Ethical Maturity

We let right and wrong decide complicated issues and hope the world will reward our ethical behavior. Early in life, we learn good equals reward and bad equals punishment. Expecting to be rewarded for doing the right thing leads to disappointment.

Cover image for Ethical Maturity
Sometimes we miss what's important because we focus solely on doing the next right thing.

In Business

When I first started my agency TMV, I would produce marketing results for clients, but the same tools and processes would never work for me. The marketing work I did for myself was from the right things I did in client work.

Unfortunately, I never formed or completed a single plan. Zooming out over my business back then, we would have seen hundreds of half-done projects.

Chaos predates order. Chaos in any shape is still chaos.
Completion causes the order to exist.
Half doing a good thing means it is still half bad.
Therefore finishing is better than starting.
It is better to do a good thing poorly than to do half of a good thing perfectly.

Doing what seems right without a plan causes the right things not to matter.

Then when looking back, it feels like you are the problem.

Everything you did was right, but the only variable is you.

The Problem

We shame people for doing wrong and praise people for doing right. We see unethical behavior rewarded and ethical people punished. Having a small picture of right and wrong leads to carrying out an unfinished version of what is right. Going through the motions of doing what is right and not considering the future causes pain.

The Solution

Take control and decide to make your situation right, instead of only doing the right things. Too often, we feel out of control, and then we do what's right and hope for the best.

Choose to reject passivity and treat yourself as a responsibility. Having to rethink what we consider right is a scary concept. But asking why a thing is right can be very useful when deciding what's best for you.

Three questions I spent time on.

  1. Is there a condition that makes something right not good enough?
  2. What is my concept of right?
  3. How should something right be carried out?

These are pretty subjective. So chew on the meat and spit out the bones.

Is there a condition that makes something right not good enough?

Disregarding people's needs and safety in favor of correctness shows there is probably a better option.

What is my concept of right?

Right is the best possible outcome. It isn't the actions needed. It's the solution that accounts for capabilities and addresses the needs.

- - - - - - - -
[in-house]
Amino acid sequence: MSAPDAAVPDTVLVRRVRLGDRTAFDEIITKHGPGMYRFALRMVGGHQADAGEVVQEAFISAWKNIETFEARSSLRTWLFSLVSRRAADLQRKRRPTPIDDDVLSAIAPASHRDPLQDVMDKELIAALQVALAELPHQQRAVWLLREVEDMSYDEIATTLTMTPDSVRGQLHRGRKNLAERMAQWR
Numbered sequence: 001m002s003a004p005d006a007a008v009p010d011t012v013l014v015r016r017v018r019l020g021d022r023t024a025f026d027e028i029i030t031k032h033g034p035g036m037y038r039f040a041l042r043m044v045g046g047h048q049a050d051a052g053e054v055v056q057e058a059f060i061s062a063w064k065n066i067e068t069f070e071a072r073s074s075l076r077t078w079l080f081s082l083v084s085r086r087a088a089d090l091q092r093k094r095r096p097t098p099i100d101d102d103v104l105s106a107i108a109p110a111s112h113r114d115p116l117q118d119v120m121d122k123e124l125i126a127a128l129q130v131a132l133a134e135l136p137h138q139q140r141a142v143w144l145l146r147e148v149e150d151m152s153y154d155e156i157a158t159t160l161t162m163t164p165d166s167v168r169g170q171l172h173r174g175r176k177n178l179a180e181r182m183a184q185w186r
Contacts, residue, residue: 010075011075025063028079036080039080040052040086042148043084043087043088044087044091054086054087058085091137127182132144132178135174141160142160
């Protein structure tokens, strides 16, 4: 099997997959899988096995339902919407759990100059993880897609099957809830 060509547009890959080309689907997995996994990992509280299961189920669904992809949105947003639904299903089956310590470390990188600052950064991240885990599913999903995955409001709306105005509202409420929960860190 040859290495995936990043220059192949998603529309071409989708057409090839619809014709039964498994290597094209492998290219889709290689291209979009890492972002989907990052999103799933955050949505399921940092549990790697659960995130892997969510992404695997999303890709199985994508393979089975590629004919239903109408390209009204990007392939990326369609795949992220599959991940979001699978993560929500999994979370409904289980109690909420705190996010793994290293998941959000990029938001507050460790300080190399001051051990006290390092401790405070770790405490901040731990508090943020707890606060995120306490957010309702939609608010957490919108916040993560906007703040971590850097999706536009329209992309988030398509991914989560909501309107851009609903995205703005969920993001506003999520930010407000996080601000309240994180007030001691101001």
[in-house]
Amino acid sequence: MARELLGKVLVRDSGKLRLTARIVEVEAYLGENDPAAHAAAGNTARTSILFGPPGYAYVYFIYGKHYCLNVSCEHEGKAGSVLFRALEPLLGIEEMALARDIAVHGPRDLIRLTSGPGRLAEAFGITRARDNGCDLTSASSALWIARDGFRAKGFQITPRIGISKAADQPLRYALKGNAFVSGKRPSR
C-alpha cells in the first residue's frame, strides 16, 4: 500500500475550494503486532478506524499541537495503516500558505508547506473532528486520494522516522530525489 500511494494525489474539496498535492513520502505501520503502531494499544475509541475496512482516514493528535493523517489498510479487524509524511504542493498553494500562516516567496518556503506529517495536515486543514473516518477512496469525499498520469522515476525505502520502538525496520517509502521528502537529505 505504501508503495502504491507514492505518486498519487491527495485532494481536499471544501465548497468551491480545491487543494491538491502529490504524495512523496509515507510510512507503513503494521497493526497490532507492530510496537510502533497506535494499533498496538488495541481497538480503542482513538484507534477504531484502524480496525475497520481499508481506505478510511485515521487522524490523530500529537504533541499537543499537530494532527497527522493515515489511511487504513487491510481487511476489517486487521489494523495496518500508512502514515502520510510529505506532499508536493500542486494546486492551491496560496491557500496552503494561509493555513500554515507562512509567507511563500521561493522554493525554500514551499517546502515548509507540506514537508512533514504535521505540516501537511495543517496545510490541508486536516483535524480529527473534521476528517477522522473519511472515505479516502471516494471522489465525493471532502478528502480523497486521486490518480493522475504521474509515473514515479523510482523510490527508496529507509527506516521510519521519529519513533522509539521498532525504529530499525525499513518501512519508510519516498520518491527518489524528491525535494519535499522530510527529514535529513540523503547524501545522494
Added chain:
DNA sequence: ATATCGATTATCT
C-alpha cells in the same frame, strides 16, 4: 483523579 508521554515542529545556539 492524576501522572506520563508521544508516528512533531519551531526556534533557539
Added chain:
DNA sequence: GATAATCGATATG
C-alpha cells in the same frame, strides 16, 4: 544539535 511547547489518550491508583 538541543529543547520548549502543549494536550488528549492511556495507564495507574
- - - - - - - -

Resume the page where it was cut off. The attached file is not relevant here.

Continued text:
I highly value acting justly and love being able to show mercy, equally loving when I receive mercy. Finally, I choose to walk humbly with my values.

In a bad situation, receiving justice means it should be made right. For a solution to be good, it should alleviate or show mercy for the pain or complications of the situation. It should consider the wisdom of traditions, not for tradition's sake, but the benefits of insight learned from those that went before.

How should something right be carried out?

Humbly, with respect for yourself, your values, and your commitments.


I’ve seen some interesting feedback, and it sparked a few thoughts.

Rewards aren’t significant, and doing right should be rewarding enough.

I agree but let’s break that down. If today we found out we’d never be rewarded for anything again until the day we died, what would give fulfillment in life?

In this example, the sum of our good and bad deeds would decide if we lived well.

Is it right to expect someone to work for free? Should we defer our hope and be fulfilled by effort?

Effort’s definition is a vigorous or determined attempt. Attempting without reward is futility.

The proper reward should be a life well lived. Isn’t it better to live well in the moment, even if it means not doing every right thing?

Right is good, and wrong is evil. We should never get tired of doing good.

I take from that not doing something good is evil. It’s an impossible standard in my eyes.

There is an objectively good solution to every problem, but can anyone say they handled every situation properly?

Taking on the mantle of ultimate judge of what is good and evil for everyone we meet is a scary proposition.

I can’t think of a time in recent history when I feared doing something evil. That’s also a poor motivation to do good.

I’ve felt good compared to my past self, and when I move away from bad influences, I ask, “What is the best version of good I can do?”

I’ve decided to live by continuously sowing good in my life and those around me so we can be the rising tide that lifts all boats.

Instead of asking why do right? or what’s in it for me? Choose to do right because you can.

First, I want to honor the personal story you shared. Thanks for that.

For me, this article meant the option to decide for myself what’s right instead of being obligated to do every good thing.

All things are lawful [that is, morally legitimate, permissible], but not all things are beneficial or advantageous. All things are lawful, but not all things are constructive [to character] and edifying [to spiritual life]. ~1Cor 10:23 AMP

Through maturity, we can give ourselves more than the choice of simply good or evil, right or wrong. Some things are good but aren’t beneficial.

Final Thoughts

I worried this would be a weird idea, but I enjoy this topic.

It feels close to calling into question everything that we consider good, but the utility is in making better and more mature decisions.